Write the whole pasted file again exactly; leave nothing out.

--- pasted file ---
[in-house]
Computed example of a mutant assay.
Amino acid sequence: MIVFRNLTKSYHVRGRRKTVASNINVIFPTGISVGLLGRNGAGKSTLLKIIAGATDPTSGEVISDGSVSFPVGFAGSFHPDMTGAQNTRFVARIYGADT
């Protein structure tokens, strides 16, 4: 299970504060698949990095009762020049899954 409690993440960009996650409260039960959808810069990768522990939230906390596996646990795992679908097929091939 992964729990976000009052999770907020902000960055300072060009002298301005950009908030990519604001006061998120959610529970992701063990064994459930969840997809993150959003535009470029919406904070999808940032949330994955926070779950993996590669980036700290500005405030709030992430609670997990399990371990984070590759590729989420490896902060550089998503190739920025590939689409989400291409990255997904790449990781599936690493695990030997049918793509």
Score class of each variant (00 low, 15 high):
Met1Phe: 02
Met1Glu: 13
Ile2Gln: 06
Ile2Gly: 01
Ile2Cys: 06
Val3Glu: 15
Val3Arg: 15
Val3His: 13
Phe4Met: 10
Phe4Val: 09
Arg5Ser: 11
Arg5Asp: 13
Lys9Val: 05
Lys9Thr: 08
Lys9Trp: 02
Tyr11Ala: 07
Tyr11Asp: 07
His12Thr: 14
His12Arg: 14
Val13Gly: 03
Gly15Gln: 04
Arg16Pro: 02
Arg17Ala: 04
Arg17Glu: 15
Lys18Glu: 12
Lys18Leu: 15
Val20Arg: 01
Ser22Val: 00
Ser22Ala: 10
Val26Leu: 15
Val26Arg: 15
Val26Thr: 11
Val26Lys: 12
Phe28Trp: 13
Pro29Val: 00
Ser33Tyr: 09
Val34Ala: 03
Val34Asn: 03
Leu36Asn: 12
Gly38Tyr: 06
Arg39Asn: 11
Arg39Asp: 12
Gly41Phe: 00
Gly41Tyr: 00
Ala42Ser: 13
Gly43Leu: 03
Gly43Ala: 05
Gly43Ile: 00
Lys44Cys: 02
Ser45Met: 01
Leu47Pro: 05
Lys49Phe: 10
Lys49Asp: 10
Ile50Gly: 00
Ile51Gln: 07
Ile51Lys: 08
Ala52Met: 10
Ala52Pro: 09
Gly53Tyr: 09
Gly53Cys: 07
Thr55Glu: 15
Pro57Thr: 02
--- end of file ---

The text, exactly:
[in-house]
Computed example of a mutant assay.
Amino acid sequence: MIVFRNLTKSYHVRGRRKTVASNINVIFPTGISVGLLGRNGAGKSTLLKIIAGATDPTSGEVISDGSVSFPVGFAGSFHPDMTGAQNTRFVARIYGADT
């Protein structure tokens, strides 16, 4: 299970504060698949990095009762020049899954 409690993440960009996650409260039960959808810069990768522990939230906390596996646990795992679908097929091939 992964729990976000009052999770907020902000960055300072060009002298301005950009908030990519604001006061998120959610529970992701063990064994459930969840997809993150959003535009470029919406904070999808940032949330994955926070779950993996590669980036700290500005405030709030992430609670997990399990371990984070590759590729989420490896902060550089998503190739920025590939689409989400291409990255997904790449990781599936690493695990030997049918793509």
Score class of each variant (00 low, 15 high):
Met1Phe: 02
Met1Glu: 13
Ile2Gln: 06
Ile2Gly: 01
Ile2Cys: 06
Val3Glu: 15
Val3Arg: 15
Val3His: 13
Phe4Met: 10
Phe4Val: 09
Arg5Ser: 11
Arg5Asp: 13
Lys9Val: 05
Lys9Thr: 08
Lys9Trp: 02
Tyr11Ala: 07
Tyr11Asp: 07
His12Thr: 14
His12Arg: 14
Val13Gly: 03
Gly15Gln: 04
Arg16Pro: 02
Arg17Ala: 04
Arg17Glu: 15
Lys18Glu: 12
Lys18Leu: 15
Val20Arg: 01
Ser22Val: 00
Ser22Ala: 10
Val26Leu: 15
Val26Arg: 15
Val26Thr: 11
Val26Lys: 12
Phe28Trp: 13
Pro29Val: 00
Ser33Tyr: 09
Val34Ala: 03
Val34Asn: 03
Leu36Asn: 12
Gly38Tyr: 06
Arg39Asn: 11
Arg39Asp: 12
Gly41Phe: 00
Gly41Tyr: 00
Ala42Ser: 13
Gly43Leu: 03
Gly43Ala: 05
Gly43Ile: 00
Lys44Cys: 02
Ser45Met: 01
Leu47Pro: 05
Lys49Phe: 10
Lys49Asp: 10
Ile50Gly: 00
Ile51Gln: 07
Ile51Lys: 08
Ala52Met: 10
Ala52Pro: 09
Gly53Tyr: 09
Gly53Cys: 07
Thr55Glu: 15
Pro57Thr: 02